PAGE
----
I don't think you need to announce "vegan menu" because some people are going to object to the word vegan even if it's something they would normally happily eat and enjoy.
If you're offering a choice on the menu, you need to give enough information to let people choose properly - so "basil pasta with tofu" is better than "basil pasta" and "flax seed and cashew pizza" is better than "pizza".
At the actual meal, if you provide a varied selection of items and information about the contents, you're being a good host, even if there are people who will turn up their noses at everything, or not be able to eat due to serious dietary restrictions. In your case, I do think you need to accurately label food that's made with non standard or substitute ingredients, so people with restrictions know what's going on (like indicating the spaghetti sauce is made with wheat gluten or soy based meat substitute rather than ground beef). People with allergies and serious restrictions will know how to prepare for a wedding meal, and how to ask about ingredients. Picky people are not going to die if they have a meal that's not prepared to their exact tastes.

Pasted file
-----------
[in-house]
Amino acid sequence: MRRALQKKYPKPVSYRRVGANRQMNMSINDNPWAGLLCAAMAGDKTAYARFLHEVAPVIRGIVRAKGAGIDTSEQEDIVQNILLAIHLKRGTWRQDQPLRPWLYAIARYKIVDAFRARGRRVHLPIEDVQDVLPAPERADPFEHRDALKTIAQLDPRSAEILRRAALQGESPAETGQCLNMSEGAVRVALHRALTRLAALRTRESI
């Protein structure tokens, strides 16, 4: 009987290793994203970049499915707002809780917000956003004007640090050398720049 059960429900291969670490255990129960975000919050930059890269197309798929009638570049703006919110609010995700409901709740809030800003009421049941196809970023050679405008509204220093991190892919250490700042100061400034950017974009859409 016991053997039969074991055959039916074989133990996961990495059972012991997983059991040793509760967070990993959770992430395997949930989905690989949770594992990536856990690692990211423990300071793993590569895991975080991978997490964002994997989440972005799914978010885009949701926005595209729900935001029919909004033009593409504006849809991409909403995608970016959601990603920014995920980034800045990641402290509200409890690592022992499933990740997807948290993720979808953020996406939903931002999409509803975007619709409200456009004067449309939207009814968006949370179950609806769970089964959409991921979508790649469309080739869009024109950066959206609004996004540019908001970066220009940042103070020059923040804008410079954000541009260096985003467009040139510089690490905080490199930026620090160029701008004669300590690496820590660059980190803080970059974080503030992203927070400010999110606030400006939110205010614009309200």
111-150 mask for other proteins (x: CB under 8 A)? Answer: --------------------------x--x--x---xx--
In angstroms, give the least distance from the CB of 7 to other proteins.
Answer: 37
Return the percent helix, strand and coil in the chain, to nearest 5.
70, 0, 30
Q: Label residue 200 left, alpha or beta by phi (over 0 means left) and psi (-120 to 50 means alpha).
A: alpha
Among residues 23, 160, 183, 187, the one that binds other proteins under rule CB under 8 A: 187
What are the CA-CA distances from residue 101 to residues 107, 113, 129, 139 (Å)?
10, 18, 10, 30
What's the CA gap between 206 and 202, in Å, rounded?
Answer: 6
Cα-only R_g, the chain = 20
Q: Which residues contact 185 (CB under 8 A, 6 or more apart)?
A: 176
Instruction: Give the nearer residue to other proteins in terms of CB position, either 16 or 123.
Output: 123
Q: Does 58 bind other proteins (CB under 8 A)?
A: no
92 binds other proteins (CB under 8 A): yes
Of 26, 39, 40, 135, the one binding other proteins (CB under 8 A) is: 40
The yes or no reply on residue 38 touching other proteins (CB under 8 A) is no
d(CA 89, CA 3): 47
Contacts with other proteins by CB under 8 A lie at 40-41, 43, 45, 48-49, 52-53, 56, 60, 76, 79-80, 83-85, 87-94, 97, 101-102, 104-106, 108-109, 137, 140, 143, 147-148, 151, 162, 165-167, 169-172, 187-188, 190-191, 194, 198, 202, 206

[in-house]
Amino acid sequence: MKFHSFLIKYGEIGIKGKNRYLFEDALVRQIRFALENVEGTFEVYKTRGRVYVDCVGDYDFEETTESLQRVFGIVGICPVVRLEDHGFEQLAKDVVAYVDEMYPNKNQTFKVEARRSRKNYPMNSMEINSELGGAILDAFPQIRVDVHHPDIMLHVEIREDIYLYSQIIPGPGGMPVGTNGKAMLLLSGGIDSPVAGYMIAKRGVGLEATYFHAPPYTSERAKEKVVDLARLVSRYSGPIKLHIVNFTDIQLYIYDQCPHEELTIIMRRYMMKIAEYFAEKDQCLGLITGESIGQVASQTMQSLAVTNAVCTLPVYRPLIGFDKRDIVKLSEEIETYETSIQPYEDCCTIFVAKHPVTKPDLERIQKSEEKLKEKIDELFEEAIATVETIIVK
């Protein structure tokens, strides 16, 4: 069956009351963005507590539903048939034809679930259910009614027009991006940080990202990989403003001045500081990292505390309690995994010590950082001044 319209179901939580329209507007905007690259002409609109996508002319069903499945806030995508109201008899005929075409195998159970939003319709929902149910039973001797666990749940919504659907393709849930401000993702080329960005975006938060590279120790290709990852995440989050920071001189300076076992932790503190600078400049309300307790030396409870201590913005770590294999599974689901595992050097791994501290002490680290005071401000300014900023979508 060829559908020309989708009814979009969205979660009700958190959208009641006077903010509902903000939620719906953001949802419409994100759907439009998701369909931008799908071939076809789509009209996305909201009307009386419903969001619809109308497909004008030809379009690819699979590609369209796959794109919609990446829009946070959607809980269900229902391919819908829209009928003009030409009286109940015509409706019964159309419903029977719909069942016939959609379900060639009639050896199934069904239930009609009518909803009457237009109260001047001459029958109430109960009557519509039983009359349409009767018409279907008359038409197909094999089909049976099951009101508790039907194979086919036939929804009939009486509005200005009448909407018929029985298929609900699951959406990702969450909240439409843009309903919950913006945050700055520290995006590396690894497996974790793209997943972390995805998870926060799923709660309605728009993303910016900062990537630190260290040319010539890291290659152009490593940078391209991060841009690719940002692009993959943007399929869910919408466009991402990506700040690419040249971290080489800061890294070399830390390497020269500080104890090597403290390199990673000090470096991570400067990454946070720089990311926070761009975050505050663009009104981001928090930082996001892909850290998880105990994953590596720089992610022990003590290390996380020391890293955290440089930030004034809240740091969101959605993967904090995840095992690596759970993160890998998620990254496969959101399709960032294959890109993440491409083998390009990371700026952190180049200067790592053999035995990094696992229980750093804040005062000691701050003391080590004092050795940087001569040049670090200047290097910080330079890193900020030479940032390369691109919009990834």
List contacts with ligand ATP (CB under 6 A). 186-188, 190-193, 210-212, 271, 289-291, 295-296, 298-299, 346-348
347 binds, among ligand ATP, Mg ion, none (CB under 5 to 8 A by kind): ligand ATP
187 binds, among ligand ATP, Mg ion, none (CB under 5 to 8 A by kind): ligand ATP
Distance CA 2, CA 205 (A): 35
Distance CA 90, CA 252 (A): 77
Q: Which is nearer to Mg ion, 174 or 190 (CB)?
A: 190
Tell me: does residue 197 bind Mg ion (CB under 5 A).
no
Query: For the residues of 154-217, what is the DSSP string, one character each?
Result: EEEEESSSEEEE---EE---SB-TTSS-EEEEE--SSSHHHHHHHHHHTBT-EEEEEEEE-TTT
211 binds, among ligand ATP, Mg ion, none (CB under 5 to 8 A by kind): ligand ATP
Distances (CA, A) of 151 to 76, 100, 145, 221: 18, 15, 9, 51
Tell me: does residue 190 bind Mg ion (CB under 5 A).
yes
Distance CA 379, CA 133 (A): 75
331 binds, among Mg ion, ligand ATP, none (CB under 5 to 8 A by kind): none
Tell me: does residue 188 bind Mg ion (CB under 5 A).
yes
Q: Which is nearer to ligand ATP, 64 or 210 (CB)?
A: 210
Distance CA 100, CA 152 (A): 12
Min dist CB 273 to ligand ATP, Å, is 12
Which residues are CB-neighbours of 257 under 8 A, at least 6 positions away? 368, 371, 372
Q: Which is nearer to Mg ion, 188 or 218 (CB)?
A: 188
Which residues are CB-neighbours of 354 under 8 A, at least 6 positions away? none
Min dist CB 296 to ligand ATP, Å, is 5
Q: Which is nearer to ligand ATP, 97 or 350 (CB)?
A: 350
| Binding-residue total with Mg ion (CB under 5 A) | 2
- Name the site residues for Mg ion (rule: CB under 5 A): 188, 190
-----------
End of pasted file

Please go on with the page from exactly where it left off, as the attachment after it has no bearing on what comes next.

My personal advice, though, if you want to design a vegan menu with broad appeal, is to avoid leaning too heavily on vegan substitute ingredients in normally non vegan dishes (soy cheese, tofu as a meat substitute, seiten, etc), and focus on naturally vegan dishes. I'm not at all a picky eater, enjoy good vegan food, like tofu, and will generally eat what I'm served, no matter how weird (and I've been to a lot of Chinese wedding banquets, so when I say weird, I'm talking things like stewed chicken testicles). But I still regard something like pizza with soy cheese and vegan pepperoni as a badly made pizza.